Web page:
A life where he has been ridiculed.

A tranquil andphlegmatic existence is corrupted with proliferating smarts. Algernon suggests thathyper-intelligence is burdened with erratic feelings of anger and suddenaggravation.

Throughout the novel, Charlie’s behavior becomes increasinglyspasmodic as he progresses intellectually; “anger and suspicion were thefirst reactions to the world around” him (58). Charlie while completing aroutine Rorschach test lashes out at Burt, a psychologist, and says “Thoseinkblots upset me…I never recall being so angry before.

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I don’t think it wasBurt himself but suddenly everything exploded. I tossed the Rorschach cards onthe table and walk out” (56).  Before hissurgery, Charlie was known to be docile and unlikely to lash out at anotherindividual primarily because he “wasn’t smart enough to be mad” (24).

Hisbehavior with Burt is unnatural for Charlie and is caused because hisintelligence makes it difficult for him to express himself which he compensatesfor through anger. According to Brian Bethune, a psychologist, Rorschach tests”slip by our defenses, because our brains are more visual than verbal… Thetest taps into something more primal and emotional, so an unbalanced person isgoing to often fall apart on a Rorschach test, even if they don’t on othertests” (Bethune, para. 11).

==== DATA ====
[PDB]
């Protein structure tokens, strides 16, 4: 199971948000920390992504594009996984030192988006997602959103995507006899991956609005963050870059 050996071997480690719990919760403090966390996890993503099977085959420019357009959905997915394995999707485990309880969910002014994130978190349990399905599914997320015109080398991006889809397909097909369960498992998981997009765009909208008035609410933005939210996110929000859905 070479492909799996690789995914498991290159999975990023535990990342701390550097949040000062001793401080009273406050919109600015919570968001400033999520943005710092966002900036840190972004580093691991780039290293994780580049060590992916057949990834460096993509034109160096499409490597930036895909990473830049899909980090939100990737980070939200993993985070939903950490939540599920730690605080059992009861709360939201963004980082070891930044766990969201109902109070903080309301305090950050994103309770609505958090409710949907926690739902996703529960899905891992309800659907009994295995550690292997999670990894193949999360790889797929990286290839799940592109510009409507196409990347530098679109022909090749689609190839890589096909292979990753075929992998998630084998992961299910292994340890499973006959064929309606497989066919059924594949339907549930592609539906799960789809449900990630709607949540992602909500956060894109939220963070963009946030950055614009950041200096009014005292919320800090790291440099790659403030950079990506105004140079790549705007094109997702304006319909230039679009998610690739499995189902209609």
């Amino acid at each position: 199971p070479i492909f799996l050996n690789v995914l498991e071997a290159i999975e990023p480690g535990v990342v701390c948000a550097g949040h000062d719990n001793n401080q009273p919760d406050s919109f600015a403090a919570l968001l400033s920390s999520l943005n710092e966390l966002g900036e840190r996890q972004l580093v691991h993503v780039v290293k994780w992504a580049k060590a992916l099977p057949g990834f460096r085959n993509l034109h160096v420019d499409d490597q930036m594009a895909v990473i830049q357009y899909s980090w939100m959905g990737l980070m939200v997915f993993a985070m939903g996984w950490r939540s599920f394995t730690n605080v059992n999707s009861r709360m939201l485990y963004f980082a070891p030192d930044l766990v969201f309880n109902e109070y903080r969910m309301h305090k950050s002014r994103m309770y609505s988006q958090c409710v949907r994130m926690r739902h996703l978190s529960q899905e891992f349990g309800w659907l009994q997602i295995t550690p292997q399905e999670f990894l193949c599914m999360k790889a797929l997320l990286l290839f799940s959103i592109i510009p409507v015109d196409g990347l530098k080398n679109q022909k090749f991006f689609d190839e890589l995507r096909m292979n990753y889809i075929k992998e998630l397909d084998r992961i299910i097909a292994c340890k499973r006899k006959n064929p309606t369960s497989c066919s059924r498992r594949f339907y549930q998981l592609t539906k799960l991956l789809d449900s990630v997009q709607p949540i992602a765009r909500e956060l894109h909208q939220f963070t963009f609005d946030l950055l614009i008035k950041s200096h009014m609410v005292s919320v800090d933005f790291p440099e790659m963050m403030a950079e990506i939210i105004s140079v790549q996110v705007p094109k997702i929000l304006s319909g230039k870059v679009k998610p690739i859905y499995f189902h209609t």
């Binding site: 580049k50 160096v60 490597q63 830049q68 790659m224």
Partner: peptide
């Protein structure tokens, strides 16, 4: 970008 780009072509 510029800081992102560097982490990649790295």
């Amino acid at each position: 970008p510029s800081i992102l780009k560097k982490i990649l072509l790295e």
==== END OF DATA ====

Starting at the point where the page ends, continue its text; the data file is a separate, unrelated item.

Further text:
The Rorschach test Burt conducts on Charlie promptshim to become aggressive as fostering Charlie’s intelligence has made him an”unbalanced person”. Gaining a library of knowledge unhinges him as he isunable to process the information. Rorschach tests are meant to draw outemotional responses; in Charlie’s situation “the inkblots upset him” (56),because it forces him to confront instances in his life where he has beenridiculed. The situation encourages an angry response, simultaneously, strippinghappiness from his personality. Similarly, Charlie displays irrationalaggravation, again, when he is reading ParadiseLost and “breaks the binding with the pressure of both his hands, as hewanted to tear the book in half” (290).

Displaying acrimonious emotions towardsan insentient item is unnatural for Charlie’s character and suggests histransmute in personality. Keyes decides to incorporate aggressive words such as”breaks” and “tear” in Charlie’s diction to indicate his growing unhappiness ashe transitioning to anger. Fanny, the only co-worker who showed kindnesstowards Charlie, urges him to “go back to being the good simple man he wasbefore,” (107).

Fanny’s deduction of Charlie’s change addresses the negativityintelligence has instilled in him transforming a good-natured man into anaggressive. Charlie’s descentinto baseless anger hinders him from taking pleasure in the positive aspects oflife. He is unable to express happy emotions, seemingly making his lifeunhappy. 


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